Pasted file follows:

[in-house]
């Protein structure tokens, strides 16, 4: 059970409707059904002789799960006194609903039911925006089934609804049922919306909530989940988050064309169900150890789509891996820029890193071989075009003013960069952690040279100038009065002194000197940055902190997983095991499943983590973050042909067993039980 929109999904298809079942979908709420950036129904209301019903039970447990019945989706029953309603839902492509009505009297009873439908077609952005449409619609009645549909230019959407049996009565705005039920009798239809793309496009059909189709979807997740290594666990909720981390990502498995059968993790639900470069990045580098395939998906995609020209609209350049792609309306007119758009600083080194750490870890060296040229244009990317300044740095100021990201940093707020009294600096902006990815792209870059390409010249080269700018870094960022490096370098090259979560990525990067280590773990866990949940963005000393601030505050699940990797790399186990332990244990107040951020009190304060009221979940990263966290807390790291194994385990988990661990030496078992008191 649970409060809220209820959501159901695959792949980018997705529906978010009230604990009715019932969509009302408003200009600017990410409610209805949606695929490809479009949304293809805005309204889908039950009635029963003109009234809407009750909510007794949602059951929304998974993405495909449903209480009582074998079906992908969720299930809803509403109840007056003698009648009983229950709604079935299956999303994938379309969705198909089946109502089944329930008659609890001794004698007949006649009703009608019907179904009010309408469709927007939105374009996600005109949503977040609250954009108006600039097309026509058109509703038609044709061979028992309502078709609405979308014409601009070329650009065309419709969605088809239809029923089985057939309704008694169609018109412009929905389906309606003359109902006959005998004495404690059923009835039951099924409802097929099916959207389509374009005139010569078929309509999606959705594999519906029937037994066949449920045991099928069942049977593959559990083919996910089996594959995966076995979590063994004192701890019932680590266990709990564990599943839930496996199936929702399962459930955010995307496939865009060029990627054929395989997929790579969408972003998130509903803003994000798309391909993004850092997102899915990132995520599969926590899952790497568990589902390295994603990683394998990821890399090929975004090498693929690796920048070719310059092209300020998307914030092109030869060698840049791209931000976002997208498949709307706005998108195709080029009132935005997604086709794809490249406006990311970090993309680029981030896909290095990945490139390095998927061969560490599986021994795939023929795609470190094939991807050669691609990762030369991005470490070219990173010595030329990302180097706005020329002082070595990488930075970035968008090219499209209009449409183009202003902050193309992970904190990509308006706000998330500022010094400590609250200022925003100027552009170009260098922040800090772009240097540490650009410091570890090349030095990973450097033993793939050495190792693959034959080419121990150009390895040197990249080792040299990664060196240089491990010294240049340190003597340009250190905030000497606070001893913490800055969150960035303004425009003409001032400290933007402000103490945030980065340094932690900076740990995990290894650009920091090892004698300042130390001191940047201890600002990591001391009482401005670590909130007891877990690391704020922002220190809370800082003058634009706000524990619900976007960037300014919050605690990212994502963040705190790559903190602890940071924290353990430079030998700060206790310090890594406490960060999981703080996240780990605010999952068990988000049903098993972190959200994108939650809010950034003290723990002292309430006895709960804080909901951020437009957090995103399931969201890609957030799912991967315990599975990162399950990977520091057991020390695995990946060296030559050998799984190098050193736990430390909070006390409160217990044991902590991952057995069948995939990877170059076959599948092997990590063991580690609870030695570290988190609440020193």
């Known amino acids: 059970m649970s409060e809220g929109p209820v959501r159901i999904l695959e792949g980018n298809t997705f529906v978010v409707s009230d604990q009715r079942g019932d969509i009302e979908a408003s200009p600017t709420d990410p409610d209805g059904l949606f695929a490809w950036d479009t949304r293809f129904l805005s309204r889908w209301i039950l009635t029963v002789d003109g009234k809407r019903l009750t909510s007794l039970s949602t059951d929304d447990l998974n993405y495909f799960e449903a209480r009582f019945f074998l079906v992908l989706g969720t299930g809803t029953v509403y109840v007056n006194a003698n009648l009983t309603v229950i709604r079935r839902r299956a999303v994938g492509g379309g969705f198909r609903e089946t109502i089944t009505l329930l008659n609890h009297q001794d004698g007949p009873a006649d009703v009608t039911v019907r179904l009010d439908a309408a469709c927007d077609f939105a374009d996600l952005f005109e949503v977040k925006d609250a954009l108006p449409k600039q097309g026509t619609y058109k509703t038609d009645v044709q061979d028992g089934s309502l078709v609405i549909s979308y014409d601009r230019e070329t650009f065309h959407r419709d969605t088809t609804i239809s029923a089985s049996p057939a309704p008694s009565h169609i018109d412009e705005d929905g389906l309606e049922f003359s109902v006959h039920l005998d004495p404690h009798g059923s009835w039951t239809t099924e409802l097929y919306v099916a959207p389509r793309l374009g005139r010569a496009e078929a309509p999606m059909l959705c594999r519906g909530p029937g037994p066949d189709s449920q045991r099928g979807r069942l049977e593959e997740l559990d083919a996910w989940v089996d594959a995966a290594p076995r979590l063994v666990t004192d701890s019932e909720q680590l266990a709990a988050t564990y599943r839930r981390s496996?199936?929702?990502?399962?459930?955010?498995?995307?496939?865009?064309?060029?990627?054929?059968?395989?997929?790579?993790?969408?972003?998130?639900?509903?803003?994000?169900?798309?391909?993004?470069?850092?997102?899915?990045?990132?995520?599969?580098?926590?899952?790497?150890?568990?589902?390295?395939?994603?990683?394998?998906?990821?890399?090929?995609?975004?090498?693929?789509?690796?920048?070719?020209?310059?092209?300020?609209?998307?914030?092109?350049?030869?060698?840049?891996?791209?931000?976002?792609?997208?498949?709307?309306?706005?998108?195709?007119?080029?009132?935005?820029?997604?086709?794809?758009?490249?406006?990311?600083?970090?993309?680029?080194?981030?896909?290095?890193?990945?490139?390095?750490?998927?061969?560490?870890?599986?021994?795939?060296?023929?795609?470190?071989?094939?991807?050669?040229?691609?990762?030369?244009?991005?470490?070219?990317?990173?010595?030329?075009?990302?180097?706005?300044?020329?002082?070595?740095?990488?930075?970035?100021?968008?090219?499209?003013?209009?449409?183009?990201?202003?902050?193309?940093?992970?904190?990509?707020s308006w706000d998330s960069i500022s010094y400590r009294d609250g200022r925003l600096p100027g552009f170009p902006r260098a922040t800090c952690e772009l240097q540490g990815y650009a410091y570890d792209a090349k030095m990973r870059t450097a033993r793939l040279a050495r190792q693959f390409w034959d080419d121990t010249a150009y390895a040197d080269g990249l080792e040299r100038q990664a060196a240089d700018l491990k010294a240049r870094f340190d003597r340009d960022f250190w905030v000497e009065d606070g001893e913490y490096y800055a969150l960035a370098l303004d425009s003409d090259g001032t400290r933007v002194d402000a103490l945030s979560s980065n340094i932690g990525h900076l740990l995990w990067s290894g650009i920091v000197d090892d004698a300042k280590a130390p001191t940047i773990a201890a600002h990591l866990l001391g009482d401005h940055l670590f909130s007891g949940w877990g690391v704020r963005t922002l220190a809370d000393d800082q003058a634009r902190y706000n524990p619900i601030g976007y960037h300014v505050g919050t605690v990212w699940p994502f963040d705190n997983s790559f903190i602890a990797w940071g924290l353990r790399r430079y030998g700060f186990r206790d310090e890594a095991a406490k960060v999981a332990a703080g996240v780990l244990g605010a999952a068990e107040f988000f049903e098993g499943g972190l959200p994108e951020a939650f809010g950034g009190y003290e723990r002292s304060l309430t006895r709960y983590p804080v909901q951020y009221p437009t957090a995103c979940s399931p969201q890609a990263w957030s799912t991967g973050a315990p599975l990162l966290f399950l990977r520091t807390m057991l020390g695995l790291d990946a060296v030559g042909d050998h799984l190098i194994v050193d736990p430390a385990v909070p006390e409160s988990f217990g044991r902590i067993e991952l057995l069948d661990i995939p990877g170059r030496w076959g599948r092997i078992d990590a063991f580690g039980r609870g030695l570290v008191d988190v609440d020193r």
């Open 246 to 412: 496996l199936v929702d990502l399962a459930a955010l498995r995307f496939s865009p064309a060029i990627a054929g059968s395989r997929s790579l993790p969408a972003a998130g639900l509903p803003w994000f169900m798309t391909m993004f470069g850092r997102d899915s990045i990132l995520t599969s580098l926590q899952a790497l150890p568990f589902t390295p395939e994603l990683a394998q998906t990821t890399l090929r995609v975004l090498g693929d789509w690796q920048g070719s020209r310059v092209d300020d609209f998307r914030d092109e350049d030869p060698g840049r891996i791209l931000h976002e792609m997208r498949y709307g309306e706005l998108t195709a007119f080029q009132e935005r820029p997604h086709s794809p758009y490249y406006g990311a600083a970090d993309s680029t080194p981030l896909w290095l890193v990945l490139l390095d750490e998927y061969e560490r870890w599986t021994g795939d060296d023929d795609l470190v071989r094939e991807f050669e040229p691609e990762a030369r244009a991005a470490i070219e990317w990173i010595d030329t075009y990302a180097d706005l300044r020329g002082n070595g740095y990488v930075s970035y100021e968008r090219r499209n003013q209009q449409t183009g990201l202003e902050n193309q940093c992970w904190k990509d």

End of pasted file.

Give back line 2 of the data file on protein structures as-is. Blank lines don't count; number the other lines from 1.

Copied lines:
């Protein structure tokens, strides 16, 4: 059970409707059904002789799960006194609903039911925006089934609804049922919306909530989940988050064309169900150890789509891996820029890193071989075009003013960069952690040279100038009065002194000197940055902190997983095991499943983590973050042909067993039980 929109999904298809079942979908709420950036129904209301019903039970447990019945989706029953309603839902492509009505009297009873439908077609952005449409619609009645549909230019959407049996009565705005039920009798239809793309496009059909189709979807997740290594666990909720981390990502498995059968993790639900470069990045580098395939998906995609020209609209350049792609309306007119758009600083080194750490870890060296040229244009990317300044740095100021990201940093707020009294600096902006990815792209870059390409010249080269700018870094960022490096370098090259979560990525990067280590773990866990949940963005000393601030505050699940990797790399186990332990244990107040951020009190304060009221979940990263966290807390790291194994385990988990661990030496078992008191 649970409060809220209820959501159901695959792949980018997705529906978010009230604990009715019932969509009302408003200009600017990410409610209805949606695929490809479009949304293809805005309204889908039950009635029963003109009234809407009750909510007794949602059951929304998974993405495909449903209480009582074998079906992908969720299930809803509403109840007056003698009648009983229950709604079935299956999303994938379309969705198909089946109502089944329930008659609890001794004698007949006649009703009608019907179904009010309408469709927007939105374009996600005109949503977040609250954009108006600039097309026509058109509703038609044709061979028992309502078709609405979308014409601009070329650009065309419709969605088809239809029923089985057939309704008694169609018109412009929905389906309606003359109902006959005998004495404690059923009835039951099924409802097929099916959207389509374009005139010569078929309509999606959705594999519906029937037994066949449920045991099928069942049977593959559990083919996910089996594959995966076995979590063994004192701890019932680590266990709990564990599943839930496996199936929702399962459930955010995307496939865009060029990627054929395989997929790579969408972003998130509903803003994000798309391909993004850092997102899915990132995520599969926590899952790497568990589902390295994603990683394998990821890399090929975004090498693929690796920048070719310059092209300020998307914030092109030869060698840049791209931000976002997208498949709307706005998108195709080029009132935005997604086709794809490249406006990311970090993309680029981030896909290095990945490139390095998927061969560490599986021994795939023929795609470190094939991807050669691609990762030369991005470490070219990173010595030329990302180097706005020329002082070595990488930075970035968008090219499209209009449409183009202003902050193309992970904190990509308006706000998330500022010094400590609250200022925003100027552009170009260098922040800090772009240097540490650009410091570890090349030095990973450097033993793939050495190792693959034959080419121990150009390895040197990249080792040299990664060196240089491990010294240049340190003597340009250190905030000497606070001893913490800055969150960035303004425009003409001032400290933007402000103490945030980065340094932690900076740990995990290894650009920091090892004698300042130390001191940047201890600002990591001391009482401005670590909130007891877990690391704020922002220190809370800082003058634009706000524990619900976007960037300014919050605690990212994502963040705190790559903190602890940071924290353990430079030998700060206790310090890594406490960060999981703080996240780990605010999952068990988000049903098993972190959200994108939650809010950034003290723990002292309430006895709960804080909901951020437009957090995103399931969201890609957030799912991967315990599975990162399950990977520091057991020390695995990946060296030559050998799984190098050193736990430390909070006390409160217990044991902590991952057995069948995939990877170059076959599948092997990590063991580690609870030695570290988190609440020193």